Circular Needles: How many stitches will they hold?

You know when you run across those notes on little scrap pieces of paper and you say, “Hey, I’ve been looking for that!”  And at the time you scribble them down, think, “I’ll remember where I got this!”

Well, I just ran across this one, and with apologies, I do not remember the source. If anyone knows who the original author is, please let me know so I can give credit here (I’m pretty sure it came from a book).

This table lists approximate minimum (min) and maximum (max) number of sts that will fit different circular needles at the stated gauges. The minimums are the least you should consider for each needle; to avoid stretching the work unnecessarily, it is recommended that more than the absolute minimum number of stitches be worked on any given size needle. 

Gauge sts/in 16″ [41cm] min / max 24″ [61cm] min / max 29″ [74cm] min / max 36″ [91cm]min / max 60″ [152cm]min / max
5 80 / 160 120 / 240 145 / 290 180 / 360 300 / 600
6 100 / 200 140 / 280 175 / 350 215 / 430 360 / 720
7 110 / 220 170 / 340 205 / 410 250 / 500 420 / 840
8 130 / 260 190 / 380 230 / 460 290 / 580 480 / 960
9 140 / 280 220 / 440 260 / 520 325 / 650 540 / 1080
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22 comments

  1. I divided these stitch counts out, and it turns out that it’s giving the number of stitches to equal the size of the circular (all the ones under 16″ are 16″ around…). Are you sure that it isn’t the _minimum_ number of stitches rather than the max? My vague memory is that you can cram up to 4x the width on a circular, but you don’t want to go below the circular size or things get rather stretched out…

  2. I believe you are absolutely right — seems that’s true for all of the entries in the table. More reasons to take really good notes! I will amend the post. Thanks!

  3. Thank you so much for this info. My favorite circular needles are the 16 inch length. I knit hats for charity and Ships Support and the 16 inch length works the best (IMHO).

  4. This is just what I was looking for, but I want to make sure I understand your table correctly. So, if the gauge says 20 stitches, 26 rows to 4″, would mean that I could get a min. of 60 and max. of 140 sts on a 16″ needle?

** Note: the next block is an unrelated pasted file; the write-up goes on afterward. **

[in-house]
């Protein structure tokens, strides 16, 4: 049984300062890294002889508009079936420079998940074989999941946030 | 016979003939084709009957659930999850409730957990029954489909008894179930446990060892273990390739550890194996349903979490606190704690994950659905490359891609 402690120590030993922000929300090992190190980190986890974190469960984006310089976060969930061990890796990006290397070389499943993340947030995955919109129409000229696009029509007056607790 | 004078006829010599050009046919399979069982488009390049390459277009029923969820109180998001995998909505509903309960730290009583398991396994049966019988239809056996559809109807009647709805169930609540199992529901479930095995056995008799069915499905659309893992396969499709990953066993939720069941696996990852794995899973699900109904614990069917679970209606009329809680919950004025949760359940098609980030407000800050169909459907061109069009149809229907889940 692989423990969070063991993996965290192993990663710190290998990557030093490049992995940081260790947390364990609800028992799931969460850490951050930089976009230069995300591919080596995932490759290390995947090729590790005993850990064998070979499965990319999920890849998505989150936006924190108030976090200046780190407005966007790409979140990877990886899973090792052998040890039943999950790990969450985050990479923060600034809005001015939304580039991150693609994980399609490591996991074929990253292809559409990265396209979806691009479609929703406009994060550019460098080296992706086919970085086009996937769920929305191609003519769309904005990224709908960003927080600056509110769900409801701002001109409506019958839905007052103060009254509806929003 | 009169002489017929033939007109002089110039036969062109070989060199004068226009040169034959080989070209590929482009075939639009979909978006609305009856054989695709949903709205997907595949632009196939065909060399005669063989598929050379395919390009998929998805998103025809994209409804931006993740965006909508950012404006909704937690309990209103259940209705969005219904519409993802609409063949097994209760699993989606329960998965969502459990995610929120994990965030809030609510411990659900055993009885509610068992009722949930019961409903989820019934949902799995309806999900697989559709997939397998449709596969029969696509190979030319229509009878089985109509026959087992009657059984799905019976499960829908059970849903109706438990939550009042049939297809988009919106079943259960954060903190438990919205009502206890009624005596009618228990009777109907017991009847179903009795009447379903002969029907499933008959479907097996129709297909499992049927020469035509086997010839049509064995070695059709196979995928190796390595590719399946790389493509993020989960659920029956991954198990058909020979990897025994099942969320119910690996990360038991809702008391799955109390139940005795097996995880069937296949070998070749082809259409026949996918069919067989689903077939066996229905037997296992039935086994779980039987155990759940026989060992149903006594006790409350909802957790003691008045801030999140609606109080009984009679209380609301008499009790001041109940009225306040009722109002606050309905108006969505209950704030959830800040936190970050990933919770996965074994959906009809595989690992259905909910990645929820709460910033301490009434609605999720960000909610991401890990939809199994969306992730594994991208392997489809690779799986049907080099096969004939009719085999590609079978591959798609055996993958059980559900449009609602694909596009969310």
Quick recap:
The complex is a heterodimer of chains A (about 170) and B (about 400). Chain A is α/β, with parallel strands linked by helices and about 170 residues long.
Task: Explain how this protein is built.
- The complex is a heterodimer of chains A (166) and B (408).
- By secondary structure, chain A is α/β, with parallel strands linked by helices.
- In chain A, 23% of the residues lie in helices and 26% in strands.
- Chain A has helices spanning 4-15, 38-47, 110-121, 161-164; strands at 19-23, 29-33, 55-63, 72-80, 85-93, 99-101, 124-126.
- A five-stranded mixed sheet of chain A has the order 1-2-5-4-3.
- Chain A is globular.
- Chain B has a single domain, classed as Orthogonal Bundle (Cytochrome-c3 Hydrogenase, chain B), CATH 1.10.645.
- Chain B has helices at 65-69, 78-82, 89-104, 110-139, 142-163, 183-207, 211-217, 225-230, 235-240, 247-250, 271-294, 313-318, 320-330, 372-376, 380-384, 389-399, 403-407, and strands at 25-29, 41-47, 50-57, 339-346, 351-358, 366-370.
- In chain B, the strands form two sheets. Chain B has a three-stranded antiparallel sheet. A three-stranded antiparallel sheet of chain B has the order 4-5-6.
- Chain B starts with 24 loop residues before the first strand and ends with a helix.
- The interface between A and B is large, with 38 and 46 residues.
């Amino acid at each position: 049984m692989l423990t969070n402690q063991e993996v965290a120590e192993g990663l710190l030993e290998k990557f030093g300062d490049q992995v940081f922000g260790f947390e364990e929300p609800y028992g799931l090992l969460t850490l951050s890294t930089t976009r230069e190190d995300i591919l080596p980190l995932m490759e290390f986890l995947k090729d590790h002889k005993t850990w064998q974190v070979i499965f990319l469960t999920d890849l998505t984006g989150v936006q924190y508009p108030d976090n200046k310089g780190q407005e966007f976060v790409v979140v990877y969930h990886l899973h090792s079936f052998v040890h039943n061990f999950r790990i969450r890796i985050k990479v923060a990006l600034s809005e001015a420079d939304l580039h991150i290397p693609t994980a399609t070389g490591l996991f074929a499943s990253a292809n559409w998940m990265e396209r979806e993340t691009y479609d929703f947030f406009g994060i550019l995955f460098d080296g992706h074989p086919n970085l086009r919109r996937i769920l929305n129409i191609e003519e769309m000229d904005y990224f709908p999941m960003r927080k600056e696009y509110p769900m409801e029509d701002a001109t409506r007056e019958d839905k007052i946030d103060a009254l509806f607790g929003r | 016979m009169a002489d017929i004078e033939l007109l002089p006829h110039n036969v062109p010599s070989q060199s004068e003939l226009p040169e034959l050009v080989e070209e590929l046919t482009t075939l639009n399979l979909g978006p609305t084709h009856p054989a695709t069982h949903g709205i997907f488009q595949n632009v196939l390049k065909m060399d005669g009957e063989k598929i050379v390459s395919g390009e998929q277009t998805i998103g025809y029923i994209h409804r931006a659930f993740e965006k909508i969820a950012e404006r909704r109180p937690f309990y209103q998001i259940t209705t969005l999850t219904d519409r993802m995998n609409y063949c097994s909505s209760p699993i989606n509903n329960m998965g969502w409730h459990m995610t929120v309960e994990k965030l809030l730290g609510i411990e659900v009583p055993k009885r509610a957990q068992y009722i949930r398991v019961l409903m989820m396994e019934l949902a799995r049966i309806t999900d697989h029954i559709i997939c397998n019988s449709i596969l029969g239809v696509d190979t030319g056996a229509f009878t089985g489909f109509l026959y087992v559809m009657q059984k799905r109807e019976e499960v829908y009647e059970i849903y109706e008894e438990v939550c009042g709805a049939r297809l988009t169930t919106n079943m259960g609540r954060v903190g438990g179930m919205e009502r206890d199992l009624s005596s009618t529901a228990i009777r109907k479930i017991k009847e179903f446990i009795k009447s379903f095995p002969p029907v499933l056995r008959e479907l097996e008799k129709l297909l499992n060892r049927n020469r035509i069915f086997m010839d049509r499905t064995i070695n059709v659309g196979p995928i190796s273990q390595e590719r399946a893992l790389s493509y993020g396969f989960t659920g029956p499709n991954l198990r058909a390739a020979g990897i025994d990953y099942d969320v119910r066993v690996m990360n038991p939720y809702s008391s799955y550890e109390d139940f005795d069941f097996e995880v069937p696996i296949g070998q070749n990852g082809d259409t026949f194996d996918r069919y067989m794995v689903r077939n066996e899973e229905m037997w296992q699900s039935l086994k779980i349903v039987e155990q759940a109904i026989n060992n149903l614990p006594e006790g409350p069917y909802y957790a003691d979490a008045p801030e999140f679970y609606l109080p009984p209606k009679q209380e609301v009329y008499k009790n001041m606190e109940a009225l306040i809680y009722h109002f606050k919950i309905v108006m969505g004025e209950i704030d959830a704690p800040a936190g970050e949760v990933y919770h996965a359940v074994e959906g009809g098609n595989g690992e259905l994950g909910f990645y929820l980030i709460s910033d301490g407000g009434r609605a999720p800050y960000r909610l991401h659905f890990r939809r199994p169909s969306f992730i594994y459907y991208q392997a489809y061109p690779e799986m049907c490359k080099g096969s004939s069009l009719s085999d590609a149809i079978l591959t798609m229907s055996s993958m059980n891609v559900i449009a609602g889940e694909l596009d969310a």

Thank you.

    • 80 and 160, yes. It does depend on the yarn you’re using a bit — wool will tend to squish together more while solid plant-based fibres may max out at a slightly lower number.

  5. I have an Afghan that I want to make. It calls for an size eight circular needle, but I only have a 24 inch circular needle. Will this work?? I also have to increase 2 stitches on some rows. Can you help me out with this??
    Connie Jeanne

    • I haven’t done a sample for a 12-ply (bulky yarn / approx 14 sts per 4″ (10cm) gauge) but you can use the finished measurement for your piece as a guide. The 250 sts @ 3.5 sts / inch (2.5cm) gauge would yield a piece 71.4″ (181.4cm) wide. So, a 60″ (152cm) circular should do just fine. Hope that helps.

    • Hi Diana, It depends on the weight of yarn are you using. The heavier the yarn, the wider your stitches will be so they will need a longer circular. However, having said that, a 32″ or 40″ lengths are pretty good generic lengths. Since you’re knitting flat, either of those lengths should be good not matter the yarn weight you’re using. Hope that helps 🙂

    • I haven’t tried a 9″ but extrapolating from the data in the table, my best guess would be this:
      Gauge ————min / max # of sts
      sts per inch
      5 — 45 / 90
      6 — 55 / 110
      7 — 65 / 130
      8 — 72 / 144
      9 — 80 / 160

      Hope that helps!

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